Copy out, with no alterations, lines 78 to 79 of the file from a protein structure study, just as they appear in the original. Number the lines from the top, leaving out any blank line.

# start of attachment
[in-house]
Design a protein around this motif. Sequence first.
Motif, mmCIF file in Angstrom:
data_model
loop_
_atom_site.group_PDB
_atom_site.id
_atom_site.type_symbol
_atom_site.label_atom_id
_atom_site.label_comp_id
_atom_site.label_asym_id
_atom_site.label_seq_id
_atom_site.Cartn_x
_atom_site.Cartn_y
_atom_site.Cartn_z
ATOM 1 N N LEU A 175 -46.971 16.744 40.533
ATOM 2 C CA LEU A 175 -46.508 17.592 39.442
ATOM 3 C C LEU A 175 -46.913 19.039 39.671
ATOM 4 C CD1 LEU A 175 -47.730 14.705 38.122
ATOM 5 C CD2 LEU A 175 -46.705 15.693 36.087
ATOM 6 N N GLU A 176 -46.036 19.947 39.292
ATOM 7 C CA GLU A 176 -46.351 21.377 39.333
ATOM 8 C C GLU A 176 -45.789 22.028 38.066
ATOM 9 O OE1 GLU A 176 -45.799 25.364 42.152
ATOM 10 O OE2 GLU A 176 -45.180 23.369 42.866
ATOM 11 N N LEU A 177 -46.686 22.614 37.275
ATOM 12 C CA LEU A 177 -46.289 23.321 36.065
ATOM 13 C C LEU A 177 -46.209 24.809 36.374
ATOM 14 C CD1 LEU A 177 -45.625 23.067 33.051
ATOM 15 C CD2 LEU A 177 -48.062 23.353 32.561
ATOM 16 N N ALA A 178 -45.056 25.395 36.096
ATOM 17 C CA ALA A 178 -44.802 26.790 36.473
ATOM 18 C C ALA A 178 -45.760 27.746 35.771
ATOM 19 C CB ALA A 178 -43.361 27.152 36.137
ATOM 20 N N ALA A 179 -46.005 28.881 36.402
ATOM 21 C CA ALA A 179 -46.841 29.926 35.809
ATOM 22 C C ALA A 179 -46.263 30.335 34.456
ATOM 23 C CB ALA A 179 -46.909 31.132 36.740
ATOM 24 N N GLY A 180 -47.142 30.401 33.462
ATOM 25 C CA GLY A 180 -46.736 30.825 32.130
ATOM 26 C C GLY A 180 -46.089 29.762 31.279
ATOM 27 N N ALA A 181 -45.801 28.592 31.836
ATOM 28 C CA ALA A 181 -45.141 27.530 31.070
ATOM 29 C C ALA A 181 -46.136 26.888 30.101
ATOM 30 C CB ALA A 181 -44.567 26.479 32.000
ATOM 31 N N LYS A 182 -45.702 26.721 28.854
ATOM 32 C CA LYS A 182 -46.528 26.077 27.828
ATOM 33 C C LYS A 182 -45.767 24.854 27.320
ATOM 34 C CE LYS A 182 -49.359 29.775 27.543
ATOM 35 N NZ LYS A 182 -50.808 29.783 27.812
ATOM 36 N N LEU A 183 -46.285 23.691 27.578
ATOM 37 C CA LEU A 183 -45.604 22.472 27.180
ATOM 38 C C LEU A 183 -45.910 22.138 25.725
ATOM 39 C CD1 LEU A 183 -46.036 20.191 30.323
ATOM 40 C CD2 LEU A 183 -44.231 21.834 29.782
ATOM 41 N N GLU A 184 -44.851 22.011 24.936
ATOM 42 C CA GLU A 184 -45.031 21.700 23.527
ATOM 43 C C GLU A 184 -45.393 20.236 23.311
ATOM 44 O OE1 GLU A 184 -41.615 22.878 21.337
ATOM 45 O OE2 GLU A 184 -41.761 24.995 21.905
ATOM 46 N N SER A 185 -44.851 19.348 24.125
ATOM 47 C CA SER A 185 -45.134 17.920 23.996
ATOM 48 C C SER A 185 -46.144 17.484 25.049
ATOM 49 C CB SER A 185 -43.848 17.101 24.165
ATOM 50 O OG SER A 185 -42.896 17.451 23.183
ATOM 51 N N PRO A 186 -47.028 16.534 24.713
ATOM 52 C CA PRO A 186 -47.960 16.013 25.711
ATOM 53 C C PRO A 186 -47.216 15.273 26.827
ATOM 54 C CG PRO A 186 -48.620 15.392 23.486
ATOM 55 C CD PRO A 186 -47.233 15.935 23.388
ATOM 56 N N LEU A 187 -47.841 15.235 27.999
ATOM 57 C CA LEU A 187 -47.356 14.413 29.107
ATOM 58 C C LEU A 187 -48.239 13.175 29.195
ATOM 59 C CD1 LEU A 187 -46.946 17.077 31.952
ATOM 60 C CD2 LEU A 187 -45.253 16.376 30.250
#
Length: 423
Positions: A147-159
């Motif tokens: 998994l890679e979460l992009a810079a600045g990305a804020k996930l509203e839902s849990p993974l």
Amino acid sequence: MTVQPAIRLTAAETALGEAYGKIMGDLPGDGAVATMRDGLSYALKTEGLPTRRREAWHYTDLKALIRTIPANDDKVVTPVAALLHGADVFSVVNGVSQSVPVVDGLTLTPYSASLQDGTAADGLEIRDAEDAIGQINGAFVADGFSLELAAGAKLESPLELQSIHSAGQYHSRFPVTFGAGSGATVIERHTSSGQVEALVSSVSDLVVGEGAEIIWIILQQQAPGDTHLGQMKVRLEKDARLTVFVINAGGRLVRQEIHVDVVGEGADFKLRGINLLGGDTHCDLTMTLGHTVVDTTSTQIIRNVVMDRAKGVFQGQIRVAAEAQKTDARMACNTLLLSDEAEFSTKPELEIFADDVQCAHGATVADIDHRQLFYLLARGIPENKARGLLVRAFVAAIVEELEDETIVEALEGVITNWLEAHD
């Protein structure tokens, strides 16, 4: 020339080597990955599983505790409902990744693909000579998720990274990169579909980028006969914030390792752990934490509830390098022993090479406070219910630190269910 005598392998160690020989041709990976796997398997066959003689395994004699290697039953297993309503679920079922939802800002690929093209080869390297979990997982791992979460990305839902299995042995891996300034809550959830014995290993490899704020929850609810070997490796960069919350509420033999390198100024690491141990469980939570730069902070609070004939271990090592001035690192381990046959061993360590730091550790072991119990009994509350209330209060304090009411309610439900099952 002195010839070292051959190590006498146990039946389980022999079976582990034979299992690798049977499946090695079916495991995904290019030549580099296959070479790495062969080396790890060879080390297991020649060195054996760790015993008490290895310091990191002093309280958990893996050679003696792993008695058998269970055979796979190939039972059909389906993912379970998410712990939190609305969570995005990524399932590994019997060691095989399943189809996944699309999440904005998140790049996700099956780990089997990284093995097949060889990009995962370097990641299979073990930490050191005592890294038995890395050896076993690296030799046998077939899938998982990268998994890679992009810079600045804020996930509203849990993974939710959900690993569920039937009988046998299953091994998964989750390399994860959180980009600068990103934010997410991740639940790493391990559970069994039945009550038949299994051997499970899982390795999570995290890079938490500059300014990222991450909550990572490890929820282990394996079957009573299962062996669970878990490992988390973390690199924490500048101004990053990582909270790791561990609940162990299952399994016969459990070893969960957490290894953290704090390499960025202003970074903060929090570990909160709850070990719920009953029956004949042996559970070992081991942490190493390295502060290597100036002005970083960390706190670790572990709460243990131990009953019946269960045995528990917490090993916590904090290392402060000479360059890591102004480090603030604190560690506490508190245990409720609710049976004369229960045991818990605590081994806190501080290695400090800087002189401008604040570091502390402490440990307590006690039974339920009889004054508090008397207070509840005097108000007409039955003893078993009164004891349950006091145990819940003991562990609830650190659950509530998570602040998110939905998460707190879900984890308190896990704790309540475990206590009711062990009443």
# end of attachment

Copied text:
Positions: A147-159
């Motif tokens: 998994l890679e979460l992009a810079a600045g990305a804020k996930l509203e839902s849990p993974l």